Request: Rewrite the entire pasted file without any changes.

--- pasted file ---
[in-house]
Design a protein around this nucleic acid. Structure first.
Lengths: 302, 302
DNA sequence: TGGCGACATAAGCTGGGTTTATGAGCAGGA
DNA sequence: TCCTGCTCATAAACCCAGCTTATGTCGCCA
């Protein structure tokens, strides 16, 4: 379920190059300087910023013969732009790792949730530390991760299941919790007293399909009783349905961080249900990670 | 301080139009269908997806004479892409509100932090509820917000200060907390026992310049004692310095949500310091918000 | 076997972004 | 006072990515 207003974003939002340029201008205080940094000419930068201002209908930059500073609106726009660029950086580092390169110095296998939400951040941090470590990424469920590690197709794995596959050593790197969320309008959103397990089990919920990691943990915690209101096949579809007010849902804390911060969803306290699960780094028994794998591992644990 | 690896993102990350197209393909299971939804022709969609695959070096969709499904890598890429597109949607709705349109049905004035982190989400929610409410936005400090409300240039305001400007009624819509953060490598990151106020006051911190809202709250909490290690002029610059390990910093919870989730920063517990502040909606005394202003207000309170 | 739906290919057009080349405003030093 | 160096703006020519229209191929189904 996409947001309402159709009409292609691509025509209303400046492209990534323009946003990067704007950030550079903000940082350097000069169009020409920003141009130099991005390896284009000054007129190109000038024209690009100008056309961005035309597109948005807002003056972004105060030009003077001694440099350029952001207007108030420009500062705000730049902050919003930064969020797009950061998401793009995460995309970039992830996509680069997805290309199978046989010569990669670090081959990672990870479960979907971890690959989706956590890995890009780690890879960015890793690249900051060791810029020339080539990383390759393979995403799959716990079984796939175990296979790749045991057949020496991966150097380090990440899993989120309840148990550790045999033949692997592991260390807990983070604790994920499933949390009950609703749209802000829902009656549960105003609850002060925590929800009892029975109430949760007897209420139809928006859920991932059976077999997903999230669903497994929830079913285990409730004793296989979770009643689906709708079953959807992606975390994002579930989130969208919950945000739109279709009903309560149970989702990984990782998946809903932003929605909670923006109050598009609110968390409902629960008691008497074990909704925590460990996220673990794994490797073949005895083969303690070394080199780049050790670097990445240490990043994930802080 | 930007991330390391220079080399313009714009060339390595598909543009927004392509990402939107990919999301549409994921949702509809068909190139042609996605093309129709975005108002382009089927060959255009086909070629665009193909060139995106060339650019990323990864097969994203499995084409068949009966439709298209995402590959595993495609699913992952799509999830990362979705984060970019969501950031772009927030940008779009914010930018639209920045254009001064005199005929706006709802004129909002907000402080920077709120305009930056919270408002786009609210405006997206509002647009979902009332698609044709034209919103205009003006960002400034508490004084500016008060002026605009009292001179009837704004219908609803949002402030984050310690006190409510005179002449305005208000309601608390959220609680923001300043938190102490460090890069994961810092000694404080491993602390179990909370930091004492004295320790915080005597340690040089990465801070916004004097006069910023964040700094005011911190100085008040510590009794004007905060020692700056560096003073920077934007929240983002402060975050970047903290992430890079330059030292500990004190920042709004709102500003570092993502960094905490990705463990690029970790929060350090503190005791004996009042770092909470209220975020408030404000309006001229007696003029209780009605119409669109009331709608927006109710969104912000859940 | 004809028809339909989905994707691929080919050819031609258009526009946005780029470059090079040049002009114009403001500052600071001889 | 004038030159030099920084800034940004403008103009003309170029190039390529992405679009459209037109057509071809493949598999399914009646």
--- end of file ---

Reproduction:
[in-house]
Design a protein around this nucleic acid. Structure first.
Lengths: 302, 302
DNA sequence: TGGCGACATAAGCTGGGTTTATGAGCAGGA
DNA sequence: TCCTGCTCATAAACCCAGCTTATGTCGCCA
């Protein structure tokens, strides 16, 4: 379920190059300087910023013969732009790792949730530390991760299941919790007293399909009783349905961080249900990670 | 301080139009269908997806004479892409509100932090509820917000200060907390026992310049004692310095949500310091918000 | 076997972004 | 006072990515 207003974003939002340029201008205080940094000419930068201002209908930059500073609106726009660029950086580092390169110095296998939400951040941090470590990424469920590690197709794995596959050593790197969320309008959103397990089990919920990691943990915690209101096949579809007010849902804390911060969803306290699960780094028994794998591992644990 | 690896993102990350197209393909299971939804022709969609695959070096969709499904890598890429597109949607709705349109049905004035982190989400929610409410936005400090409300240039305001400007009624819509953060490598990151106020006051911190809202709250909490290690002029610059390990910093919870989730920063517990502040909606005394202003207000309170 | 739906290919057009080349405003030093 | 160096703006020519229209191929189904 996409947001309402159709009409292609691509025509209303400046492209990534323009946003990067704007950030550079903000940082350097000069169009020409920003141009130099991005390896284009000054007129190109000038024209690009100008056309961005035309597109948005807002003056972004105060030009003077001694440099350029952001207007108030420009500062705000730049902050919003930064969020797009950061998401793009995460995309970039992830996509680069997805290309199978046989010569990669670090081959990672990870479960979907971890690959989706956590890995890009780690890879960015890793690249900051060791810029020339080539990383390759393979995403799959716990079984796939175990296979790749045991057949020496991966150097380090990440899993989120309840148990550790045999033949692997592991260390807990983070604790994920499933949390009950609703749209802000829902009656549960105003609850002060925590929800009892029975109430949760007897209420139809928006859920991932059976077999997903999230669903497994929830079913285990409730004793296989979770009643689906709708079953959807992606975390994002579930989130969208919950945000739109279709009903309560149970989702990984990782998946809903932003929605909670923006109050598009609110968390409902629960008691008497074990909704925590460990996220673990794994490797073949005895083969303690070394080199780049050790670097990445240490990043994930802080 | 930007991330390391220079080399313009714009060339390595598909543009927004392509990402939107990919999301549409994921949702509809068909190139042609996605093309129709975005108002382009089927060959255009086909070629665009193909060139995106060339650019990323990864097969994203499995084409068949009966439709298209995402590959595993495609699913992952799509999830990362979705984060970019969501950031772009927030940008779009914010930018639209920045254009001064005199005929706006709802004129909002907000402080920077709120305009930056919270408002786009609210405006997206509002647009979902009332698609044709034209919103205009003006960002400034508490004084500016008060002026605009009292001179009837704004219908609803949002402030984050310690006190409510005179002449305005208000309601608390959220609680923001300043938190102490460090890069994961810092000694404080491993602390179990909370930091004492004295320790915080005597340690040089990465801070916004004097006069910023964040700094005011911190100085008040510590009794004007905060020692700056560096003073920077934007929240983002402060975050970047903290992430890079330059030292500990004190920042709004709102500003570092993502960094905490990705463990690029970790929060350090503190005791004996009042770092909470209220975020408030404000309006001229007696003029209780009605119409669109009331709608927006109710969104912000859940 | 004809028809339909989905994707691929080919050819031609258009526009946005780029470059090079040049002009114009403001500052600071001889 | 004038030159030099920084800034940004403008103009003309170029190039390529992405679009459209037109057509071809493949598999399914009646």